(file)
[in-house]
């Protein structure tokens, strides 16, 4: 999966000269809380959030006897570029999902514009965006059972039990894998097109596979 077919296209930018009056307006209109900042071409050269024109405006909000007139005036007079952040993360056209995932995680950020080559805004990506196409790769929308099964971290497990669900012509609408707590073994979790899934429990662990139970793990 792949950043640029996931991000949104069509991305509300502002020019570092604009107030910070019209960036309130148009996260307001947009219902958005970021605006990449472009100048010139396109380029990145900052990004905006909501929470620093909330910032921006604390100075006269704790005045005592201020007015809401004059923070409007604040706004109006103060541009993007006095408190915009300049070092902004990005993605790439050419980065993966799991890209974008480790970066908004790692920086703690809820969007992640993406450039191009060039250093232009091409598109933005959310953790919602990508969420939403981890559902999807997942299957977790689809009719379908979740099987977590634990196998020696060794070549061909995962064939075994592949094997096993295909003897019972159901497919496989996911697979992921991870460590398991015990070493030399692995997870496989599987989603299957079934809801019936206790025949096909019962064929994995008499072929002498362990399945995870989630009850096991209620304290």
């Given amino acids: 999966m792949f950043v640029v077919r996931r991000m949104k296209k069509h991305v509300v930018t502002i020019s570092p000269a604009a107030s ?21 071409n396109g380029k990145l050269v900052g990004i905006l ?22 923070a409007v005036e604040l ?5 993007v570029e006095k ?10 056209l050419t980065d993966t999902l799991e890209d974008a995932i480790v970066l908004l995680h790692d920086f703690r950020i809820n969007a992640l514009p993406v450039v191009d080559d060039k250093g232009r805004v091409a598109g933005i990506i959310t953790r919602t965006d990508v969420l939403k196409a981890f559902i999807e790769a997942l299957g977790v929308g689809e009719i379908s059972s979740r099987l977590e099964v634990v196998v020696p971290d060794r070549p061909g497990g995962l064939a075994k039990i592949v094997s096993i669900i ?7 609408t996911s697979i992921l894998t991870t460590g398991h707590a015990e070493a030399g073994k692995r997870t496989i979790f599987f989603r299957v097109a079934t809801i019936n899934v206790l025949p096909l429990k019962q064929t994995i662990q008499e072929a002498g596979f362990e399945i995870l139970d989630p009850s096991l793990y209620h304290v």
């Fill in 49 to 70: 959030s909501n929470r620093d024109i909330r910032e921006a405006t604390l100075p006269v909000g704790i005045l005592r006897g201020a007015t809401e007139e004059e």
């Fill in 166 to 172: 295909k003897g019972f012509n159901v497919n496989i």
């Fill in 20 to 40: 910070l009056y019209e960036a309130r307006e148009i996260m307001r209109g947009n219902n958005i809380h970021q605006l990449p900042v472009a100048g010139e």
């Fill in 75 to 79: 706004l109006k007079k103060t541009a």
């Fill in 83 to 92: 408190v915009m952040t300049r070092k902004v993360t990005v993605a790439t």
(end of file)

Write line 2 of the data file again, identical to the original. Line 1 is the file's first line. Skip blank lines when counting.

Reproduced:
């Protein structure tokens, strides 16, 4: 999966000269809380959030006897570029999902514009965006059972039990894998097109596979 077919296209930018009056307006209109900042071409050269024109405006909000007139005036007079952040993360056209995932995680950020080559805004990506196409790769929308099964971290497990669900012509609408707590073994979790899934429990662990139970793990 792949950043640029996931991000949104069509991305509300502002020019570092604009107030910070019209960036309130148009996260307001947009219902958005970021605006990449472009100048010139396109380029990145900052990004905006909501929470620093909330910032921006604390100075006269704790005045005592201020007015809401004059923070409007604040706004109006103060541009993007006095408190915009300049070092902004990005993605790439050419980065993966799991890209974008480790970066908004790692920086703690809820969007992640993406450039191009060039250093232009091409598109933005959310953790919602990508969420939403981890559902999807997942299957977790689809009719379908979740099987977590634990196998020696060794070549061909995962064939075994592949094997096993295909003897019972159901497919496989996911697979992921991870460590398991015990070493030399692995997870496989599987989603299957079934809801019936206790025949096909019962064929994995008499072929002498362990399945995870989630009850096991209620304290």